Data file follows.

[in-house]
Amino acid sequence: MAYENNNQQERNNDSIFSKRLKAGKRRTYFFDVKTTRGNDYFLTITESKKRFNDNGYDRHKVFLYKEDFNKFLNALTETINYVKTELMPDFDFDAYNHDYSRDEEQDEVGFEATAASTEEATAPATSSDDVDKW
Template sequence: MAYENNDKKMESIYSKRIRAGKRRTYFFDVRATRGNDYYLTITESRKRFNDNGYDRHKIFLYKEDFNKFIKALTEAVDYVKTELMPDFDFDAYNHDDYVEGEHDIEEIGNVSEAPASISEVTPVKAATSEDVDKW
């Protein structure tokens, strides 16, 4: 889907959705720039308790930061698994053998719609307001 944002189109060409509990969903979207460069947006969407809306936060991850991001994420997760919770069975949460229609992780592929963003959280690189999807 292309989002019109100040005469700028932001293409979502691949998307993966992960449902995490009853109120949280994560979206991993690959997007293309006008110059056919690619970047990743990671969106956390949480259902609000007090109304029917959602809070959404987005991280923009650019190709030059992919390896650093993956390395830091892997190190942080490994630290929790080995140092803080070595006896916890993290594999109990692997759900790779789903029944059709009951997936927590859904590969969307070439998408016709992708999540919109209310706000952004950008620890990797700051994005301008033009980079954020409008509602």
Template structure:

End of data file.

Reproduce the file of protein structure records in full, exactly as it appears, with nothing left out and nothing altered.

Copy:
[in-house]
Amino acid sequence: MAYENNNQQERNNDSIFSKRLKAGKRRTYFFDVKTTRGNDYFLTITESKKRFNDNGYDRHKVFLYKEDFNKFLNALTETINYVKTELMPDFDFDAYNHDYSRDEEQDEVGFEATAASTEEATAPATSSDDVDKW
Template sequence: MAYENNDKKMESIYSKRIRAGKRRTYFFDVRATRGNDYYLTITESRKRFNDNGYDRHKIFLYKEDFNKFIKALTEAVDYVKTELMPDFDFDAYNHDDYVEGEHDIEEIGNVSEAPASISEVTPVKAATSEDVDKW
């Protein structure tokens, strides 16, 4: 889907959705720039308790930061698994053998719609307001 944002189109060409509990969903979207460069947006969407809306936060991850991001994420997760919770069975949460229609992780592929963003959280690189999807 292309989002019109100040005469700028932001293409979502691949998307993966992960449902995490009853109120949280994560979206991993690959997007293309006008110059056919690619970047990743990671969106956390949480259902609000007090109304029917959602809070959404987005991280923009650019190709030059992919390896650093993956390395830091892997190190942080490994630290929790080995140092803080070595006896916890993290594999109990692997759900790779789903029944059709009951997936927590859904590969969307070439998408016709992708999540919109209310706000952004950008620890990797700051994005301008033009980079954020409008509602």
Template structure: